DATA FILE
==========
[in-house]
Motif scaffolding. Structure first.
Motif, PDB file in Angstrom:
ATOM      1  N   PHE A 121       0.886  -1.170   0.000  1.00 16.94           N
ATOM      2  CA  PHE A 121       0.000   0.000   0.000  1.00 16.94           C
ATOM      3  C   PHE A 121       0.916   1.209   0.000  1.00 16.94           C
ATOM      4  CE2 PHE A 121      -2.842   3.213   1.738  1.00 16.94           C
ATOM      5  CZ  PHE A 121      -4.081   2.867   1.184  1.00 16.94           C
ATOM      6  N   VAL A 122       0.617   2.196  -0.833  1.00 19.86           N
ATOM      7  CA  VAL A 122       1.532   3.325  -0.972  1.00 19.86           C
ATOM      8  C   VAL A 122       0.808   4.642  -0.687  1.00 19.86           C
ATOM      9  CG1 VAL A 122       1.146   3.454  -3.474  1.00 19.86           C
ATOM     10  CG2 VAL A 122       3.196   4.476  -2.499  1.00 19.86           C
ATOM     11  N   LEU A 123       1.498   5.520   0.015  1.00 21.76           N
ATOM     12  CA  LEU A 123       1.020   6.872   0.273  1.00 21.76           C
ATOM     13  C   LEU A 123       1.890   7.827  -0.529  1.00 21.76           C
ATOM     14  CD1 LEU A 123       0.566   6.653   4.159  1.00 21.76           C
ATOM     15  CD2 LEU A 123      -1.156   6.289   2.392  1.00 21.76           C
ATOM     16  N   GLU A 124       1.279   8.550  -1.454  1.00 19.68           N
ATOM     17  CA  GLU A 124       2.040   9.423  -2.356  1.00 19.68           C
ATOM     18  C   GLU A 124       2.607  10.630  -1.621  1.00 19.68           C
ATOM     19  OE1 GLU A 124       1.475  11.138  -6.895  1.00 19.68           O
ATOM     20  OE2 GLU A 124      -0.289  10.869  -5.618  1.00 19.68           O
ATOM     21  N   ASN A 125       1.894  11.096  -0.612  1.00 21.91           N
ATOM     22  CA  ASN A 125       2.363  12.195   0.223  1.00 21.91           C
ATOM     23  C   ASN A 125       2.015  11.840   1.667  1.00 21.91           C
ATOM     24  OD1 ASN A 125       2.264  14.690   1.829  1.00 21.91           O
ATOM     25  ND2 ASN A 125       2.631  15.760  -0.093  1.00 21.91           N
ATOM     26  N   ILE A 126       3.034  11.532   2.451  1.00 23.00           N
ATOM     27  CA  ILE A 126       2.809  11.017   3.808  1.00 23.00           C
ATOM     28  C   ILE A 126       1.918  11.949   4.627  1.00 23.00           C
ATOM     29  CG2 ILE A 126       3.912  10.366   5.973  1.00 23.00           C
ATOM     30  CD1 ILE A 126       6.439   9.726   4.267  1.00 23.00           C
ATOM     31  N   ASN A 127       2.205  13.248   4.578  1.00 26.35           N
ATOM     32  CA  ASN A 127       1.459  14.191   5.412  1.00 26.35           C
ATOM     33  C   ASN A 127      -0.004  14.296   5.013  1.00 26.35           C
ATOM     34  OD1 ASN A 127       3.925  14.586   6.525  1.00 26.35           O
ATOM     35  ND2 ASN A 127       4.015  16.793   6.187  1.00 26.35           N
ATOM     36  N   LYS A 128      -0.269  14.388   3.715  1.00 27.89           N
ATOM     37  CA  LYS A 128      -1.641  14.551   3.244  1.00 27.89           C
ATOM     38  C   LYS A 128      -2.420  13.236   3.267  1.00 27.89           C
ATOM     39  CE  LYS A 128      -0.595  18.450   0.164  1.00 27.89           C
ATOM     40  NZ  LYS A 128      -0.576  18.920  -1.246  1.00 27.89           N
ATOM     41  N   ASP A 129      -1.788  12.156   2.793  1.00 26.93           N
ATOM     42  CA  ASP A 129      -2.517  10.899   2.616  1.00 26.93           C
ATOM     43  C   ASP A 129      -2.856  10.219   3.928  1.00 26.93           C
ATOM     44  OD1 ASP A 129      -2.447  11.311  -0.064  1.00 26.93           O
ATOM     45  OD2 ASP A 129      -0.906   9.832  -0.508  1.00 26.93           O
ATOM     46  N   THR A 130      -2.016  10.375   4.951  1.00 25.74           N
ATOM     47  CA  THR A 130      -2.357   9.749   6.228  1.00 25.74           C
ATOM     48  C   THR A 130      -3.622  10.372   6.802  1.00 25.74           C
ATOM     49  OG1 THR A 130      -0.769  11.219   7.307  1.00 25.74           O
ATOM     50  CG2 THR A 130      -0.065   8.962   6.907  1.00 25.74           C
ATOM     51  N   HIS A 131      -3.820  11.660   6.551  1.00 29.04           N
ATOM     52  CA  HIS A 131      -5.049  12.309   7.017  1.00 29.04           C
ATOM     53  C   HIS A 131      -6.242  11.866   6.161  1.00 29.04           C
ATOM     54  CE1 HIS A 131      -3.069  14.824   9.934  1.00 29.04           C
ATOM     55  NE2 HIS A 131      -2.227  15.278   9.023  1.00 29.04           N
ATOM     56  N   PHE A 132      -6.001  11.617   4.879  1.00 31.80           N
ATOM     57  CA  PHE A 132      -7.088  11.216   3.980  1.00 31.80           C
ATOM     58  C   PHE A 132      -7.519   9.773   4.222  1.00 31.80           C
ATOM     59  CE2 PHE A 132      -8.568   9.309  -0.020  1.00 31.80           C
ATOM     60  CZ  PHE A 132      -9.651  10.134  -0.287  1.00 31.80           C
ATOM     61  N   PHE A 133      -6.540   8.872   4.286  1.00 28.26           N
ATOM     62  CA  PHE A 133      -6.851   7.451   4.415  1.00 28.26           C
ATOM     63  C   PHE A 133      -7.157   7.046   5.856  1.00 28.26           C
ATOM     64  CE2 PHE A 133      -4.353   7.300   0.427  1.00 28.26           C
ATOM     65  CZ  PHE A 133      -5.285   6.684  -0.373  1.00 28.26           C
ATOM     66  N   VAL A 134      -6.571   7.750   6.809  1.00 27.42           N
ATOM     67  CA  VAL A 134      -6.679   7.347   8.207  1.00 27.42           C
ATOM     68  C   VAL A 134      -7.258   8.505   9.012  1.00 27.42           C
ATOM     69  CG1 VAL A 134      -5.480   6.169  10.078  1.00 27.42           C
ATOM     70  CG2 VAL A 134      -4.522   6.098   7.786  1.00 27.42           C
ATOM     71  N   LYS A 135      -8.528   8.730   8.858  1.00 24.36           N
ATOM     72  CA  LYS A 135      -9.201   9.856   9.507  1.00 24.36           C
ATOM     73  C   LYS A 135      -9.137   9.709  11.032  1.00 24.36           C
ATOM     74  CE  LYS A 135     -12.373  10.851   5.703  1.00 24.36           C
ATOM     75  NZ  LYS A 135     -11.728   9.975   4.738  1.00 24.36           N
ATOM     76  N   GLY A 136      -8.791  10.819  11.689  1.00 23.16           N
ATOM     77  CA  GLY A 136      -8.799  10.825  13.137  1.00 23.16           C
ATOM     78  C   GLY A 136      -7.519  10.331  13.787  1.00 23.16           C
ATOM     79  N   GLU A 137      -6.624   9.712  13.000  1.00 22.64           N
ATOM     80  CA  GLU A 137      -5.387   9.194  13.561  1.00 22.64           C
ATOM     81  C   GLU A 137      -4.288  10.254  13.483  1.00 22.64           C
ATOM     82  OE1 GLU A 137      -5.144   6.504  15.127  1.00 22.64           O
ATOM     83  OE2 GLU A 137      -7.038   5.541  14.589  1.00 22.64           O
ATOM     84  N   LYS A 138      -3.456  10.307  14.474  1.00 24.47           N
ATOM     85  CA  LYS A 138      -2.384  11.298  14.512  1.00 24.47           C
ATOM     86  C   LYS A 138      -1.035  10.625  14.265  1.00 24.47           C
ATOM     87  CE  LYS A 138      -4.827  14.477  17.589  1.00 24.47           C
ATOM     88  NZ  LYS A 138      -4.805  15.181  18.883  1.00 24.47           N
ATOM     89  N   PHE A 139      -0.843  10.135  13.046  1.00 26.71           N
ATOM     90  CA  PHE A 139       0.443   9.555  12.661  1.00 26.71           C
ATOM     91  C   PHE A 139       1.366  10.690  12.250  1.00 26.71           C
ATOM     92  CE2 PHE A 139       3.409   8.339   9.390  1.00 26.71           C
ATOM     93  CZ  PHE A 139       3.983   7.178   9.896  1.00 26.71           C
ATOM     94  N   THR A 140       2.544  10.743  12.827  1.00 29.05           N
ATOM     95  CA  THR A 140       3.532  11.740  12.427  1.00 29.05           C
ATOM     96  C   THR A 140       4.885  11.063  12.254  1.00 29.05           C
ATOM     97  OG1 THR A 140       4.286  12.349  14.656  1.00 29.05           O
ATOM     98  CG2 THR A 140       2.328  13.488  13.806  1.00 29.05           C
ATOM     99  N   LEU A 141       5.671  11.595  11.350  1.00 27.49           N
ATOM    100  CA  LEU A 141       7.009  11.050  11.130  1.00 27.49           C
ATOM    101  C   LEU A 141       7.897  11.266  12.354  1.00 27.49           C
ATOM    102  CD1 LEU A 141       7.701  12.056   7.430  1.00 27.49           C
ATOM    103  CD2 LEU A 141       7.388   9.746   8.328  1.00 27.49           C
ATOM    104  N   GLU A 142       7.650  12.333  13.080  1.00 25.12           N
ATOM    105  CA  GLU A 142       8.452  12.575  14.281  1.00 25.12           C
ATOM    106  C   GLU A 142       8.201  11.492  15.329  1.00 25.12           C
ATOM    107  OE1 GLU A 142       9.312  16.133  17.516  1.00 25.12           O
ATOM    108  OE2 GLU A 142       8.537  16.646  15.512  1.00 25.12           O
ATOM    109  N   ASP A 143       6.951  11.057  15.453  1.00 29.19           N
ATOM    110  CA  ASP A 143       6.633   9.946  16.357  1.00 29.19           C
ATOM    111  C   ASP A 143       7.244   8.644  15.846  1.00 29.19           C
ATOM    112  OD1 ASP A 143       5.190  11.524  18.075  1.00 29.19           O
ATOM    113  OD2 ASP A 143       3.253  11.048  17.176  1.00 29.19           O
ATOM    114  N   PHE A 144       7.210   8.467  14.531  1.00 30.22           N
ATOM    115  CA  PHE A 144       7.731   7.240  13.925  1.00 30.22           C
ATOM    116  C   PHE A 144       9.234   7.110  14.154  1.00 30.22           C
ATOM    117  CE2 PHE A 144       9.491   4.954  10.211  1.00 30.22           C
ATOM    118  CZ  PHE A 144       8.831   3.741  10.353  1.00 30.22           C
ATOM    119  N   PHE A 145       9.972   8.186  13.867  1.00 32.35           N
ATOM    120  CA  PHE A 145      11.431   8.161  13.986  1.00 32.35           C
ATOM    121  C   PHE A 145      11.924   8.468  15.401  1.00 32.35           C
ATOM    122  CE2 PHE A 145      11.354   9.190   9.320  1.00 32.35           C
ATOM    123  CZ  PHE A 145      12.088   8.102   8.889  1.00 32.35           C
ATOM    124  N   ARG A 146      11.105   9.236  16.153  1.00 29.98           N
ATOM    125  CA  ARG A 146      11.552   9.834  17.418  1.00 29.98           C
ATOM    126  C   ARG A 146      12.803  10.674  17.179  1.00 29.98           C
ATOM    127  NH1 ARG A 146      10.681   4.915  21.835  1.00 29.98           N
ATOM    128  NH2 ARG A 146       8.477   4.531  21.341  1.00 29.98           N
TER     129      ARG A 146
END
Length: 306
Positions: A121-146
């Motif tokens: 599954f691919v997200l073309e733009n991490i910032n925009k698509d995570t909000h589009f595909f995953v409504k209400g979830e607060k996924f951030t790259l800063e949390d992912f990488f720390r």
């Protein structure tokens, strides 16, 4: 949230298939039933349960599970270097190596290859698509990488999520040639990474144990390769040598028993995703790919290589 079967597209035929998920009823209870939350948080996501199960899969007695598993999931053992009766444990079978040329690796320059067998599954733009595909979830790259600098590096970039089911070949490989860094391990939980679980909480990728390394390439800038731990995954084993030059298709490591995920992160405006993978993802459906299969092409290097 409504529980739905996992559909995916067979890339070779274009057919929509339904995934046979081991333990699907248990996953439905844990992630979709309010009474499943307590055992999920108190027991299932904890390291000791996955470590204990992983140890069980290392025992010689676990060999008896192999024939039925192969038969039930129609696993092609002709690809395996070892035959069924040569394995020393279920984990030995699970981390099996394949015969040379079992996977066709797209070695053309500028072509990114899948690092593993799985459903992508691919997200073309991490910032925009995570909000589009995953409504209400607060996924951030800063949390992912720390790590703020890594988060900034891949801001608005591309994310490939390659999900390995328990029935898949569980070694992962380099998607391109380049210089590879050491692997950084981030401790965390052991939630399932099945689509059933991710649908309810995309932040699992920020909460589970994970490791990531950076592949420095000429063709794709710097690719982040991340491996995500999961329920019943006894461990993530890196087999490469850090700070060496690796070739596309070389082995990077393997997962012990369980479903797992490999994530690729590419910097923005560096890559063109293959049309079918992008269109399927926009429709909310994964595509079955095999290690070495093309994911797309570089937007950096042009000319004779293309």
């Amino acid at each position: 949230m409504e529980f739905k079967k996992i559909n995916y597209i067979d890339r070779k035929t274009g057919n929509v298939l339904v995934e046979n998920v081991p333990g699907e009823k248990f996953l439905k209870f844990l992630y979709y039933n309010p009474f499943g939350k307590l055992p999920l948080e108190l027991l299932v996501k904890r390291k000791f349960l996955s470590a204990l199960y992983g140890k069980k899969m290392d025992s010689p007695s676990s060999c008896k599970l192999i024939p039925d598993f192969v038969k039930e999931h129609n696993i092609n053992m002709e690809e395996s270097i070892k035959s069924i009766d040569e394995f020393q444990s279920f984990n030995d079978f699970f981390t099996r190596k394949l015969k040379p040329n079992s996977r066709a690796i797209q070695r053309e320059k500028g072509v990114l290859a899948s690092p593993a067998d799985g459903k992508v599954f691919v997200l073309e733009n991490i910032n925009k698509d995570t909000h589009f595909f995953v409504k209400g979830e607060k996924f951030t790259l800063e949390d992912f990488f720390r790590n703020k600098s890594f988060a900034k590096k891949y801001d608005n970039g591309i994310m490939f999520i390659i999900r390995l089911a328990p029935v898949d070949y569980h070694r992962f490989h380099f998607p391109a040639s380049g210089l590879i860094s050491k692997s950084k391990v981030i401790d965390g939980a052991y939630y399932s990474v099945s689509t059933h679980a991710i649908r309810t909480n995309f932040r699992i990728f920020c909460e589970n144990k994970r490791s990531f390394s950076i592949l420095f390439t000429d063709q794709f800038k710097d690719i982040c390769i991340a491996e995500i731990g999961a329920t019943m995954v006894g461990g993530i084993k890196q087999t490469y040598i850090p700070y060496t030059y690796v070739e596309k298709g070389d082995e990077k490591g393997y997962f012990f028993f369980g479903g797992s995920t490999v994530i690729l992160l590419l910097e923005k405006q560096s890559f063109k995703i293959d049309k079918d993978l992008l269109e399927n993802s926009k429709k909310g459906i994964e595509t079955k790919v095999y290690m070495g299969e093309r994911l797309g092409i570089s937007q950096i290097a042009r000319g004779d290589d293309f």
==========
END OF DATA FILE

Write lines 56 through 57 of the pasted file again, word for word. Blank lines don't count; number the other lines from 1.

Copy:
ATOM     53  C   HIS A 131      -6.242  11.866   6.161  1.00 29.04           C
ATOM     54  CE1 HIS A 131      -3.069  14.824   9.934  1.00 29.04           C